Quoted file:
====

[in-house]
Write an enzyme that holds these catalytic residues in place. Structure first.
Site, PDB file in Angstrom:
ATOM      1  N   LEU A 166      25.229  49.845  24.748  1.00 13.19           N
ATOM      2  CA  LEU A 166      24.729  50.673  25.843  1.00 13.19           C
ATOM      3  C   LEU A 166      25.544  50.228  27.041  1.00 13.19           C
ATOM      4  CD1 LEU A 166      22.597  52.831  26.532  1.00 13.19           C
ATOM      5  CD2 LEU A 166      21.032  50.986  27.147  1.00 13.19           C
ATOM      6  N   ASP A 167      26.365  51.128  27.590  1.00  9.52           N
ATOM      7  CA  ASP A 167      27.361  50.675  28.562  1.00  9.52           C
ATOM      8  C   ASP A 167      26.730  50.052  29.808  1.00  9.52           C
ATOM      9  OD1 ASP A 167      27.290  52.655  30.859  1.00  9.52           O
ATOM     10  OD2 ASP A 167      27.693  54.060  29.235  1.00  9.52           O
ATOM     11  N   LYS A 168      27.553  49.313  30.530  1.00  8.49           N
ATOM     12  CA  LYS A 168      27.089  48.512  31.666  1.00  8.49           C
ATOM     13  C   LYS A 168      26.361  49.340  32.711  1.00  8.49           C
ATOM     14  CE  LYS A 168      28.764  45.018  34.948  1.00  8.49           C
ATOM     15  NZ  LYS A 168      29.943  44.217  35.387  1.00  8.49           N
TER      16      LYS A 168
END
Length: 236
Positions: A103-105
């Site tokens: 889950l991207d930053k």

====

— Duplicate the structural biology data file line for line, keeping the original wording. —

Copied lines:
[in-house]
Write an enzyme that holds these catalytic residues in place. Structure first.
Site, PDB file in Angstrom:
ATOM      1  N   LEU A 166      25.229  49.845  24.748  1.00 13.19           N
ATOM      2  CA  LEU A 166      24.729  50.673  25.843  1.00 13.19           C
ATOM      3  C   LEU A 166      25.544  50.228  27.041  1.00 13.19           C
ATOM      4  CD1 LEU A 166      22.597  52.831  26.532  1.00 13.19           C
ATOM      5  CD2 LEU A 166      21.032  50.986  27.147  1.00 13.19           C
ATOM      6  N   ASP A 167      26.365  51.128  27.590  1.00  9.52           N
ATOM      7  CA  ASP A 167      27.361  50.675  28.562  1.00  9.52           C
ATOM      8  C   ASP A 167      26.730  50.052  29.808  1.00  9.52           C
ATOM      9  OD1 ASP A 167      27.290  52.655  30.859  1.00  9.52           O
ATOM     10  OD2 ASP A 167      27.693  54.060  29.235  1.00  9.52           O
ATOM     11  N   LYS A 168      27.553  49.313  30.530  1.00  8.49           N
ATOM     12  CA  LYS A 168      27.089  48.512  31.666  1.00  8.49           C
ATOM     13  C   LYS A 168      26.361  49.340  32.711  1.00  8.49           C
ATOM     14  CE  LYS A 168      28.764  45.018  34.948  1.00  8.49           C
ATOM     15  NZ  LYS A 168      29.943  44.217  35.387  1.00  8.49           N
TER      16      LYS A 168
END
Length: 236
Positions: A103-105
């Site tokens: 889950l991207d930053k």